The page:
La Houille Blanche
Number 4, Juin 1964
|Page(s)||481 - 490|
|Published online||24 March 2010|
Étude sur modèle réduit de la coupure de la Rance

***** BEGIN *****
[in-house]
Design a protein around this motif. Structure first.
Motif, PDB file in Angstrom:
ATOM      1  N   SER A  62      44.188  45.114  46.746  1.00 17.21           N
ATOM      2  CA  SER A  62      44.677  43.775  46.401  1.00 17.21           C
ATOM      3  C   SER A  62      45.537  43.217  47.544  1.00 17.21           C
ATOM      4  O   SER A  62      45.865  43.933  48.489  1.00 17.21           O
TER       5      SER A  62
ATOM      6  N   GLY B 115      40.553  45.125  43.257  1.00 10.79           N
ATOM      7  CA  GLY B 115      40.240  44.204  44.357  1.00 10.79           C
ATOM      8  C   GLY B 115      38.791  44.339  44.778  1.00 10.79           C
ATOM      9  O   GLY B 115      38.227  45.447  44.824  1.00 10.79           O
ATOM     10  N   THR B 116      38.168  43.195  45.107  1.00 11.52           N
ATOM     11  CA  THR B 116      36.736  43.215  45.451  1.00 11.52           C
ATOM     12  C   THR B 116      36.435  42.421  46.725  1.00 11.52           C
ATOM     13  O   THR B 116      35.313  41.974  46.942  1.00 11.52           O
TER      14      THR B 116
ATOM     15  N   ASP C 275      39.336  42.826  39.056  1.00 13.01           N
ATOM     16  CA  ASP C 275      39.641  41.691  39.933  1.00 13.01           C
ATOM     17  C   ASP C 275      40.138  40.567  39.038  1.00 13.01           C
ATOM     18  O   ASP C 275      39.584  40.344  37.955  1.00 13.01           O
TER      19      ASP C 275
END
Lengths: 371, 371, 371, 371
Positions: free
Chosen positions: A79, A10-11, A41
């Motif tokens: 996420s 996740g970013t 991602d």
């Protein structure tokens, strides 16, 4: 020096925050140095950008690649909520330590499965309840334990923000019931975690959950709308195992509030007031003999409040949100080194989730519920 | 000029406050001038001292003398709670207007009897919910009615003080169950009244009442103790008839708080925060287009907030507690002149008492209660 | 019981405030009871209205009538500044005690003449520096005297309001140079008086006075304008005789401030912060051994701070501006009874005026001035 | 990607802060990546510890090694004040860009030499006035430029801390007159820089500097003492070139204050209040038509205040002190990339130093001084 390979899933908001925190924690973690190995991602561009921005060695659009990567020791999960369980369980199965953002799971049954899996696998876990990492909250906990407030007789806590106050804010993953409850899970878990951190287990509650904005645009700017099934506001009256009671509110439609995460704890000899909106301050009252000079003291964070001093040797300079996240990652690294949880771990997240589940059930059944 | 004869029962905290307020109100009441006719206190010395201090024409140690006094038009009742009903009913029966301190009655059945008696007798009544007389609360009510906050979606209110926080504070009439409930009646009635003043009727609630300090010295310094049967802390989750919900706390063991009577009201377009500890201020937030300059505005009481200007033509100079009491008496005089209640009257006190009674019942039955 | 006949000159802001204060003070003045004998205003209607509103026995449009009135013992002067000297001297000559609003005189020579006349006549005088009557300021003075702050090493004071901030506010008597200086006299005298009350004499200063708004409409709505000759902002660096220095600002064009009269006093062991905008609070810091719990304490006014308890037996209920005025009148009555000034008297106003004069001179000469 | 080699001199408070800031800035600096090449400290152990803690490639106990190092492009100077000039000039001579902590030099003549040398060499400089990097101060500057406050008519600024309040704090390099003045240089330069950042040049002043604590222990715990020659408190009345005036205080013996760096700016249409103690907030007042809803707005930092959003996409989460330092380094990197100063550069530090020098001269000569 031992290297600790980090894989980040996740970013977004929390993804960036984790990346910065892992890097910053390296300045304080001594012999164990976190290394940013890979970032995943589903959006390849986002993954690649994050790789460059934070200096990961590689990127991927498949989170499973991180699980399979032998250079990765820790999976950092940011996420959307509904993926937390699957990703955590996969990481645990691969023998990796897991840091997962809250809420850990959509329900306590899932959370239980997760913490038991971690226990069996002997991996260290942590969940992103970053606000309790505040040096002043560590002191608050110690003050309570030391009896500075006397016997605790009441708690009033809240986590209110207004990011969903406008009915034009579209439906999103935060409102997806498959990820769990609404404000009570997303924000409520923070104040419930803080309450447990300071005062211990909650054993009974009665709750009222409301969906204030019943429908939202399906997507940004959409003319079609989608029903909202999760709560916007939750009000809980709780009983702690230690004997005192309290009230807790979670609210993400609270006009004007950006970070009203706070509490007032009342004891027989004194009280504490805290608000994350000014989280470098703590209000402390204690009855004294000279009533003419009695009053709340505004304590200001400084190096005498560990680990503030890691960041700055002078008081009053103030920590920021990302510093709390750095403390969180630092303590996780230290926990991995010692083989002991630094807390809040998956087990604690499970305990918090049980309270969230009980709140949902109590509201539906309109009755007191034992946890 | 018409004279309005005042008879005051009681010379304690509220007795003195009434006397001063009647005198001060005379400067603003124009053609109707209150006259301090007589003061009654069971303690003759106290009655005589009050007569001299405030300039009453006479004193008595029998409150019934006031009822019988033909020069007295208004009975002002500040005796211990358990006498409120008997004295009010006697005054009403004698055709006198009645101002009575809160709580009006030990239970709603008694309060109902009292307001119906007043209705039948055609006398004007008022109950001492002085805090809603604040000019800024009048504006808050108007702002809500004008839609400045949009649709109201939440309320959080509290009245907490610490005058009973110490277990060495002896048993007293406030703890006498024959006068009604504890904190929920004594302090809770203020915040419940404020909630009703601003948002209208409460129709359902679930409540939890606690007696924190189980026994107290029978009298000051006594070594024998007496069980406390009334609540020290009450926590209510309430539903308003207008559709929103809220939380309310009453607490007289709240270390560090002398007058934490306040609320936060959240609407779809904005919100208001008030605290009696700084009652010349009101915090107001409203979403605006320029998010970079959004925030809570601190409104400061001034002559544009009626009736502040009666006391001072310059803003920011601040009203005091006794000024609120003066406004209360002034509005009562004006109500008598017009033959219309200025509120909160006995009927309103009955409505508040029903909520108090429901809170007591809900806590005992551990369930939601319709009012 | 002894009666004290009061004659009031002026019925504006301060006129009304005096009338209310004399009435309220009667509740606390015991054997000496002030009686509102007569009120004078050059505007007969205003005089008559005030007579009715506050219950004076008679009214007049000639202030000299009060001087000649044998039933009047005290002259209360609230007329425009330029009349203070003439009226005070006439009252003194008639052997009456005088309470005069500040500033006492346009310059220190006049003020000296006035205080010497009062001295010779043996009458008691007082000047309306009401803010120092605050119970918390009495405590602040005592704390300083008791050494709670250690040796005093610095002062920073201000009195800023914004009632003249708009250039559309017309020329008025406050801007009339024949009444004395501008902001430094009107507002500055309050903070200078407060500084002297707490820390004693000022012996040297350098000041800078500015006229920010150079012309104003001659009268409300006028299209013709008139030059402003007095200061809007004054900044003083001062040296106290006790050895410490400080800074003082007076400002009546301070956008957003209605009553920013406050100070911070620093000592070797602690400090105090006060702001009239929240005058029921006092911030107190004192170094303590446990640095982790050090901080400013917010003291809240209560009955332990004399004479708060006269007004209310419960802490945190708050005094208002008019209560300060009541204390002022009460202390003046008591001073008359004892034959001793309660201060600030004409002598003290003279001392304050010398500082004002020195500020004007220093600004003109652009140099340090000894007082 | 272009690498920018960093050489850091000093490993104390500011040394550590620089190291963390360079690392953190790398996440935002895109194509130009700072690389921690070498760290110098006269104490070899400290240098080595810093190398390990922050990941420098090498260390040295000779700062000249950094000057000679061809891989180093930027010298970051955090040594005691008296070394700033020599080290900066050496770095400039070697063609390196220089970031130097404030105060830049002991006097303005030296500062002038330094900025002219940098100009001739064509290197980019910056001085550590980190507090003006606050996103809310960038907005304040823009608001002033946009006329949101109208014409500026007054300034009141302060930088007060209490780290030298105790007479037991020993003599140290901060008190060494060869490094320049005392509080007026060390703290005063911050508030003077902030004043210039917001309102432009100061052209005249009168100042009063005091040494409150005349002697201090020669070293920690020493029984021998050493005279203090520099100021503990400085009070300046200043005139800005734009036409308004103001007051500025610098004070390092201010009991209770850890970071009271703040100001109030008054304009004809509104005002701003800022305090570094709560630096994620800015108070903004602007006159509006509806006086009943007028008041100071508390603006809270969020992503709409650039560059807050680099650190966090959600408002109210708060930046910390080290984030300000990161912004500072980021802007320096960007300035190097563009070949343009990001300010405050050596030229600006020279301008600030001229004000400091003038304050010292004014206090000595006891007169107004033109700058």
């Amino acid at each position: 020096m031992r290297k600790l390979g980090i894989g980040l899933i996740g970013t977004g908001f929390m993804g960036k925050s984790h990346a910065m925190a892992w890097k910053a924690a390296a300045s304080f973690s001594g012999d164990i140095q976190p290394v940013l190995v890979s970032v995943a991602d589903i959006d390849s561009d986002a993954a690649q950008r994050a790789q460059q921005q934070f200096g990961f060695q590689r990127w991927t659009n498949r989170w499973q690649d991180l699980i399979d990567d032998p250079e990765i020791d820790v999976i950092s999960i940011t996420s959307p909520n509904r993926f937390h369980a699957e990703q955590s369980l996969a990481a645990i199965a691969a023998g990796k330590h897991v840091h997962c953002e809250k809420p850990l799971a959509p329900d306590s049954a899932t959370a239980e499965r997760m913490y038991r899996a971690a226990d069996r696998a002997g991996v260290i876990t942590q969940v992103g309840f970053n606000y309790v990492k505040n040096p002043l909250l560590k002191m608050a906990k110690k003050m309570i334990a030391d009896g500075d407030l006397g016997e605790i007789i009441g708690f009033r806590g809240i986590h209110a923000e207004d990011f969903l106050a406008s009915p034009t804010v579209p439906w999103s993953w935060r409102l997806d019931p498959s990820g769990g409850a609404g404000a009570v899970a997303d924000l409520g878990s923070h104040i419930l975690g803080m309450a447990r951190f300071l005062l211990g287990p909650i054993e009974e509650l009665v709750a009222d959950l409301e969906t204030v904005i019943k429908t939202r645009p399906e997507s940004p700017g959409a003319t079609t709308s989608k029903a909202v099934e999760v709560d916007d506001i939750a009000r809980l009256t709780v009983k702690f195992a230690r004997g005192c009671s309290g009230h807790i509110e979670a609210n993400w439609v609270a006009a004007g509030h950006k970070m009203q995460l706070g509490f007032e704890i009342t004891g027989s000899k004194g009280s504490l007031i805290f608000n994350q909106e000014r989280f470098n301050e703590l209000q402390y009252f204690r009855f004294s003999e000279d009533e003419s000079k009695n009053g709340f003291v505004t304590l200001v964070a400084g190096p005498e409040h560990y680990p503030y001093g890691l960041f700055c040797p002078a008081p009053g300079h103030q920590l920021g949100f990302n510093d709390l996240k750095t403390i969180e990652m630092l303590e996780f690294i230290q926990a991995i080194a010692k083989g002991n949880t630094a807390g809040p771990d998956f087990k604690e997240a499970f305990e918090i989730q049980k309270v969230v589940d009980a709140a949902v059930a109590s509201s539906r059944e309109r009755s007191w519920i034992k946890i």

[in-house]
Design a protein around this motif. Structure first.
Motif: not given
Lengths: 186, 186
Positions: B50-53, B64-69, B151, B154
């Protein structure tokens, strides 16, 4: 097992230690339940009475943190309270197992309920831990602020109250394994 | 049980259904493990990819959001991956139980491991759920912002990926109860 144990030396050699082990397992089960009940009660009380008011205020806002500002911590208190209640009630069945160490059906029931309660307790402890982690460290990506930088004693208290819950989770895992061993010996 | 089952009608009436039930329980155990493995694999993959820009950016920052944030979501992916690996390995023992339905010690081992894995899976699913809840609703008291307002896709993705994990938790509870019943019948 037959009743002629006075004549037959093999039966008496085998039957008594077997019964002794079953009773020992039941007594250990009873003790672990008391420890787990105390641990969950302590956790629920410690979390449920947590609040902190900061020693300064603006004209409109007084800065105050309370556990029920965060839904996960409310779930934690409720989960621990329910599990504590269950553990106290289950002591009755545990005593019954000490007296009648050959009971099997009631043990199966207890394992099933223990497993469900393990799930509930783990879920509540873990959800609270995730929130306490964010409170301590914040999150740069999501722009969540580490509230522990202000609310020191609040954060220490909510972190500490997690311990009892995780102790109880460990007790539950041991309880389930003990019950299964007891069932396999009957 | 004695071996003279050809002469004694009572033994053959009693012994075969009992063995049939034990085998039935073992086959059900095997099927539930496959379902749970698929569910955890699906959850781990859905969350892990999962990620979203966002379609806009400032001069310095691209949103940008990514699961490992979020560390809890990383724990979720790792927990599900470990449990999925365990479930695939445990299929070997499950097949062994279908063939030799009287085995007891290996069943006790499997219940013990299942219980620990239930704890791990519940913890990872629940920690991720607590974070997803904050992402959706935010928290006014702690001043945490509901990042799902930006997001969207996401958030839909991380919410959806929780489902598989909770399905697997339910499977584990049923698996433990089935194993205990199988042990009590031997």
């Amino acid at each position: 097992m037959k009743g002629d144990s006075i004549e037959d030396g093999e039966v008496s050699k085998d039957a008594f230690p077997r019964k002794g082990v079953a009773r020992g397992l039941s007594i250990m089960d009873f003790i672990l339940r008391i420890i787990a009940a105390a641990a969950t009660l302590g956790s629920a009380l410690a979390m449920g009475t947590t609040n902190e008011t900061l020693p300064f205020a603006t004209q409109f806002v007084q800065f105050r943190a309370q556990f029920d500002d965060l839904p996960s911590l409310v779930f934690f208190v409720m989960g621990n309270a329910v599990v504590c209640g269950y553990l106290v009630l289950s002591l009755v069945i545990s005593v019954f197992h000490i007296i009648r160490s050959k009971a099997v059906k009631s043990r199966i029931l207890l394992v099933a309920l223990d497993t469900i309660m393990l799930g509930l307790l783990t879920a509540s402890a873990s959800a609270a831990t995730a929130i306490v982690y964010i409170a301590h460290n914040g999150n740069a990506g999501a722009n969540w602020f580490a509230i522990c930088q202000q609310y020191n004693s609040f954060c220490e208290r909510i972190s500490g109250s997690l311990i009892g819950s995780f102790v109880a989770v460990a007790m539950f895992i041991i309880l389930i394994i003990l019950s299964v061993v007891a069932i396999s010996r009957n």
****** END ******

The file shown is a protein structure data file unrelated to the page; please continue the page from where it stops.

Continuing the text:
A model study of the damming of the Rance
Laboratoire National d'Hydraulique, Chatou.